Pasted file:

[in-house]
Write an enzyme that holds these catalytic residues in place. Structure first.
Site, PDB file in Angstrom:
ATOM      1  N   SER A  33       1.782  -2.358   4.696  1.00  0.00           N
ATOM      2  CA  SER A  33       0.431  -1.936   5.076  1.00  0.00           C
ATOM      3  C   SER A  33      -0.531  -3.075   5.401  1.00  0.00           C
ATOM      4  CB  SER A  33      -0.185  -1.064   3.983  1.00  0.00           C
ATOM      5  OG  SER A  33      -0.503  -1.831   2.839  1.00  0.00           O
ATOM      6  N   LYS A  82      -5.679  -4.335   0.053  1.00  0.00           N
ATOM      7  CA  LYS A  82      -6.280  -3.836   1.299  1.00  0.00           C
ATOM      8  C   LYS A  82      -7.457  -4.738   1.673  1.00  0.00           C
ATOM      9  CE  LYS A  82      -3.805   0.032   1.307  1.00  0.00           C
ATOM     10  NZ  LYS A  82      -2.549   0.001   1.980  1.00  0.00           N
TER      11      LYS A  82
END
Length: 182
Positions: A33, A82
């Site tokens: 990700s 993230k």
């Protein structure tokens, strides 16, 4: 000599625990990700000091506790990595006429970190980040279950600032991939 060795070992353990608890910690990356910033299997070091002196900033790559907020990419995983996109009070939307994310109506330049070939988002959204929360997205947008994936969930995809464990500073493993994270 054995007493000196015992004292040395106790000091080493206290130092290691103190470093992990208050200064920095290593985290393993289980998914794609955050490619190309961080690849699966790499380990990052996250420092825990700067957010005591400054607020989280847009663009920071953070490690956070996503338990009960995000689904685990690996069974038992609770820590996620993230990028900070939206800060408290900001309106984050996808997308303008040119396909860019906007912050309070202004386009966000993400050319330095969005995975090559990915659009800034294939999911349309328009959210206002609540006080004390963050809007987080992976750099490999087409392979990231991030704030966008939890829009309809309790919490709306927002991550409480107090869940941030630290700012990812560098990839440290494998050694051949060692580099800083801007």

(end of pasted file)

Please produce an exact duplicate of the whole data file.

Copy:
[in-house]
Write an enzyme that holds these catalytic residues in place. Structure first.
Site, PDB file in Angstrom:
ATOM      1  N   SER A  33       1.782  -2.358   4.696  1.00  0.00           N
ATOM      2  CA  SER A  33       0.431  -1.936   5.076  1.00  0.00           C
ATOM      3  C   SER A  33      -0.531  -3.075   5.401  1.00  0.00           C
ATOM      4  CB  SER A  33      -0.185  -1.064   3.983  1.00  0.00           C
ATOM      5  OG  SER A  33      -0.503  -1.831   2.839  1.00  0.00           O
ATOM      6  N   LYS A  82      -5.679  -4.335   0.053  1.00  0.00           N
ATOM      7  CA  LYS A  82      -6.280  -3.836   1.299  1.00  0.00           C
ATOM      8  C   LYS A  82      -7.457  -4.738   1.673  1.00  0.00           C
ATOM      9  CE  LYS A  82      -3.805   0.032   1.307  1.00  0.00           C
ATOM     10  NZ  LYS A  82      -2.549   0.001   1.980  1.00  0.00           N
TER      11      LYS A  82
END
Length: 182
Positions: A33, A82
């Site tokens: 990700s 993230k």
């Protein structure tokens, strides 16, 4: 000599625990990700000091506790990595006429970190980040279950600032991939 060795070992353990608890910690990356910033299997070091002196900033790559907020990419995983996109009070939307994310109506330049070939988002959204929360997205947008994936969930995809464990500073493993994270 054995007493000196015992004292040395106790000091080493206290130092290691103190470093992990208050200064920095290593985290393993289980998914794609955050490619190309961080690849699966790499380990990052996250420092825990700067957010005591400054607020989280847009663009920071953070490690956070996503338990009960995000689904685990690996069974038992609770820590996620993230990028900070939206800060408290900001309106984050996808997308303008040119396909860019906007912050309070202004386009966000993400050319330095969005995975090559990915659009800034294939999911349309328009959210206002609540006080004390963050809007987080992976750099490999087409392979990231991030704030966008939890829009309809309790919490709306927002991550409480107090869940941030630290700012990812560098990839440290494998050694051949060692580099800083801007």